South Korea's southern resort island of Jeju has extended an officially sanctioned hunt for roe deer by three years in response to complaints from farmers that the animal has been injuring the crops.
The decision was made Tuesday by the council of the semi-tropical island, one of South Korea's most prominent tourist destinations favored by Chinese visitors.
Animal lovers have opposed hunting in Jeju, insisting the destruction of wildlife habitat has dwindled with an increase in tourism-based development and industry. But farmers have called for a drastic cut in the population of deer.
In a vote of 38 to 1, the council designated the roe deer as a harmful animal for three more years and endorsed a controversial deer hunting for three more years from July 1 despite a long-running debate over their optimum population.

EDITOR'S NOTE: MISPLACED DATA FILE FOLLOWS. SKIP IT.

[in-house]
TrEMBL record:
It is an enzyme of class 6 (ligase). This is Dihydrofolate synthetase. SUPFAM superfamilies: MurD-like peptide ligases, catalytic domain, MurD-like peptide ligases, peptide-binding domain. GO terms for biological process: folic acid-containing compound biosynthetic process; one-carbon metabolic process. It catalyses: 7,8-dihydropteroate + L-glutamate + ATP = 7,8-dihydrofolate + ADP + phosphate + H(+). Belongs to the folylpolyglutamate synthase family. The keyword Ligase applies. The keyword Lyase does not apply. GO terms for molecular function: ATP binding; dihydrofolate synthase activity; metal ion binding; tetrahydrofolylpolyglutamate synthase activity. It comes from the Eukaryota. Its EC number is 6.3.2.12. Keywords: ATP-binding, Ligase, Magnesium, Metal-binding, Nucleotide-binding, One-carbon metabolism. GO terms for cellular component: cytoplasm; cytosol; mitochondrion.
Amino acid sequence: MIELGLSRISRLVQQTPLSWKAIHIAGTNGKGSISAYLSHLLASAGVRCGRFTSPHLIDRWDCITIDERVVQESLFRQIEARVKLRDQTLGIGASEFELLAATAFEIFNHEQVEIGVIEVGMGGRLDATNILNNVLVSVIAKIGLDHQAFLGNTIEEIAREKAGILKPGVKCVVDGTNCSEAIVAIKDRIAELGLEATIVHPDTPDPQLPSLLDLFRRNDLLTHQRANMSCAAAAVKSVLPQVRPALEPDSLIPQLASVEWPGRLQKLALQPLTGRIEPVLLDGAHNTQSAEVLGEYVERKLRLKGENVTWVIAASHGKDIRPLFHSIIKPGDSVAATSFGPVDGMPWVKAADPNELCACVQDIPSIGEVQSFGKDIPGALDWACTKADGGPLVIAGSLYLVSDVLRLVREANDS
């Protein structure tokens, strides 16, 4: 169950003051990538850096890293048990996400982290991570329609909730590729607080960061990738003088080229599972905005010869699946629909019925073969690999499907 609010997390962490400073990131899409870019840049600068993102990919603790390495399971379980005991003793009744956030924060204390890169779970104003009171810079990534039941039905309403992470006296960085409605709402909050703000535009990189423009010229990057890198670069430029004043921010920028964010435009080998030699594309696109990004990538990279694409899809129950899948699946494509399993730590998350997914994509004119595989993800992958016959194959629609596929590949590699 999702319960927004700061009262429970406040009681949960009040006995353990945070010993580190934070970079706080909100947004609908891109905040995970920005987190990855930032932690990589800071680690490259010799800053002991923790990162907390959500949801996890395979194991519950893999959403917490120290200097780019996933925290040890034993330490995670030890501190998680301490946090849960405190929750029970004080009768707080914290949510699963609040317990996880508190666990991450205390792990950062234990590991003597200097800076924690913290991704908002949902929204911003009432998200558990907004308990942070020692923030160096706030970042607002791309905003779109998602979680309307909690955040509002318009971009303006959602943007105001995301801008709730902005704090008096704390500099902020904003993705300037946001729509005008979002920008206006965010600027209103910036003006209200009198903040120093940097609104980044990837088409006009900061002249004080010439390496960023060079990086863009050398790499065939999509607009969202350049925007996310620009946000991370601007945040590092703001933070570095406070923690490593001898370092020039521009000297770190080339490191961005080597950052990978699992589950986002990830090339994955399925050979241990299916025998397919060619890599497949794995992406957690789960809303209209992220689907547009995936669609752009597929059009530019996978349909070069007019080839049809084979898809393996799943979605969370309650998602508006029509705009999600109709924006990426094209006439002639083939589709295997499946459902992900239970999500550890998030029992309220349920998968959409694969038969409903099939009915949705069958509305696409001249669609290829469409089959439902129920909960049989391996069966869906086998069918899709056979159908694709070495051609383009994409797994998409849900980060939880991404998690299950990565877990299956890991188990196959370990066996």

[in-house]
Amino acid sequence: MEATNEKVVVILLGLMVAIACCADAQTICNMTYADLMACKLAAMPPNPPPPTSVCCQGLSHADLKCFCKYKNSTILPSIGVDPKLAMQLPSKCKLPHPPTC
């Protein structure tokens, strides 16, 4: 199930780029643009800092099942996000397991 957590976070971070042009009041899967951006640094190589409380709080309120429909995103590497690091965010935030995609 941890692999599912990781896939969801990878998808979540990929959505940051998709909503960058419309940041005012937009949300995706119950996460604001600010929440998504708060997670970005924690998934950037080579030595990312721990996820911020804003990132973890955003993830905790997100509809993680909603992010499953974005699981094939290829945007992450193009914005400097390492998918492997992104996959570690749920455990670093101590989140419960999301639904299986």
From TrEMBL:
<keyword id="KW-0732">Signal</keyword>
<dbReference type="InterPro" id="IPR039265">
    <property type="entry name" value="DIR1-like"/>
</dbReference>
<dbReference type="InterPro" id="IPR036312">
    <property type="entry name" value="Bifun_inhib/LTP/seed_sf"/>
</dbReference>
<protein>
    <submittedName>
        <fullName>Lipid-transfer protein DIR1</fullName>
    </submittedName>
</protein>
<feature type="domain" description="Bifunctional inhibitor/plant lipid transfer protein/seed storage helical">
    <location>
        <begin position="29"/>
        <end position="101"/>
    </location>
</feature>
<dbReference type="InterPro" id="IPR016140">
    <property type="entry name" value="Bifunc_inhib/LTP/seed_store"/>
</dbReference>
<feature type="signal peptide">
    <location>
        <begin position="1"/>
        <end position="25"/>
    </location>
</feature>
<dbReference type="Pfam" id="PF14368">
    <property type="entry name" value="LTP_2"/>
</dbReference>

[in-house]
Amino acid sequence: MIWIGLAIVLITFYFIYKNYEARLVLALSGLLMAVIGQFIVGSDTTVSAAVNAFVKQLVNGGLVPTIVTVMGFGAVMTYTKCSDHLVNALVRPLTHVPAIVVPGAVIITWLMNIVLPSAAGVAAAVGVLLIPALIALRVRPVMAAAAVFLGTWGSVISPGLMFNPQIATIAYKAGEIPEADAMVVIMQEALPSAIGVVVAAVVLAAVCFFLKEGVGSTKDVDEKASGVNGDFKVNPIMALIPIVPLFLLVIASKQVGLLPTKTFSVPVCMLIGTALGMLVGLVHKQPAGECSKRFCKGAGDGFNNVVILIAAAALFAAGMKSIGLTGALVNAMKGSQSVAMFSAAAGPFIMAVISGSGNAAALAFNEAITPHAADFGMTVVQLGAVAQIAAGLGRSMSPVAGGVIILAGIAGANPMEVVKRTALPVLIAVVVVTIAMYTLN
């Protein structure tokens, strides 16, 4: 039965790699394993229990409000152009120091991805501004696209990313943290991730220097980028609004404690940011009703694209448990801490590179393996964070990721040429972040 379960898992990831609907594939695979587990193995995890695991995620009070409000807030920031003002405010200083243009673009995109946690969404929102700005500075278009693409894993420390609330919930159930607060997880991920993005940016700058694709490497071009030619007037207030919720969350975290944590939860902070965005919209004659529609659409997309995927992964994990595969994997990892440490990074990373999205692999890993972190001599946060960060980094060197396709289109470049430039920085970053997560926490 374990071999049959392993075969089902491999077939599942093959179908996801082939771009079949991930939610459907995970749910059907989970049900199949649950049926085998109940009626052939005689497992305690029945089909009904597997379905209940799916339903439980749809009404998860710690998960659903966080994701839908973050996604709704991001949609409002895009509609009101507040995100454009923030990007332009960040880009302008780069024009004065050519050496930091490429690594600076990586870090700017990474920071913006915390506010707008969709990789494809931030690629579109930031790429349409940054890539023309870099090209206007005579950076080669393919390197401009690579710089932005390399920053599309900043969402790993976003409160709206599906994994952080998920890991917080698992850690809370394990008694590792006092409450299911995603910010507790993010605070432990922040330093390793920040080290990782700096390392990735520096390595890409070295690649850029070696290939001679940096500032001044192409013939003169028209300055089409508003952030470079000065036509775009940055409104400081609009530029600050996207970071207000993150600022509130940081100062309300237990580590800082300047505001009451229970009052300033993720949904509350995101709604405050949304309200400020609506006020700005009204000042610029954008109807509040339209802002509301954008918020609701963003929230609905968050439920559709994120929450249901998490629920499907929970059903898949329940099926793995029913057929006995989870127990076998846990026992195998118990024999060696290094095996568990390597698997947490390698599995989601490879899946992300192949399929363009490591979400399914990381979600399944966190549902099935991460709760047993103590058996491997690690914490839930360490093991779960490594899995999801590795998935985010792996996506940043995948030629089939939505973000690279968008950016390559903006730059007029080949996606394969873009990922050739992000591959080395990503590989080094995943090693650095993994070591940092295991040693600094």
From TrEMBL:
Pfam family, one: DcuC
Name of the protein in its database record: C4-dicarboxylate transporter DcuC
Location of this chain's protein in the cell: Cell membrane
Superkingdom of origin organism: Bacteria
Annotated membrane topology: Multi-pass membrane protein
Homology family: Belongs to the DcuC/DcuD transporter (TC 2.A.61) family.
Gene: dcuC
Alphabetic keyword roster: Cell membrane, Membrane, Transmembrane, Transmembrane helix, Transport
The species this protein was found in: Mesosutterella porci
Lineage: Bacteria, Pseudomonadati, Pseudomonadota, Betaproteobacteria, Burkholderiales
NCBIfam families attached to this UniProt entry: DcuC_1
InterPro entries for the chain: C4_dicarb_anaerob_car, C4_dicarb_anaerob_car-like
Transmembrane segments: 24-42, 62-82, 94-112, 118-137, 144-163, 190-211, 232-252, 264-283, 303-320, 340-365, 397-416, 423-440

Jeju's indigenous roe deer was once considered a symbol of the island's natural beauty, inhabiting mostly within the borders of a national park around Mount Halla.
In 1987, hunting was prohibited to protect the animal in a wild setting. As a result, the deer population has increased rapidly, and some 20,000 were spotted across the island in 2011.
To reduce the deer population that triggered anger among farmers, the island a three-year hunting period from July 1, 2013. As of November last year, the number of roe deer in Jeju was cut down to 7,600 after thousands were captured and slaughtered for three years.
Aju News Lim Chang-won = email@example.com
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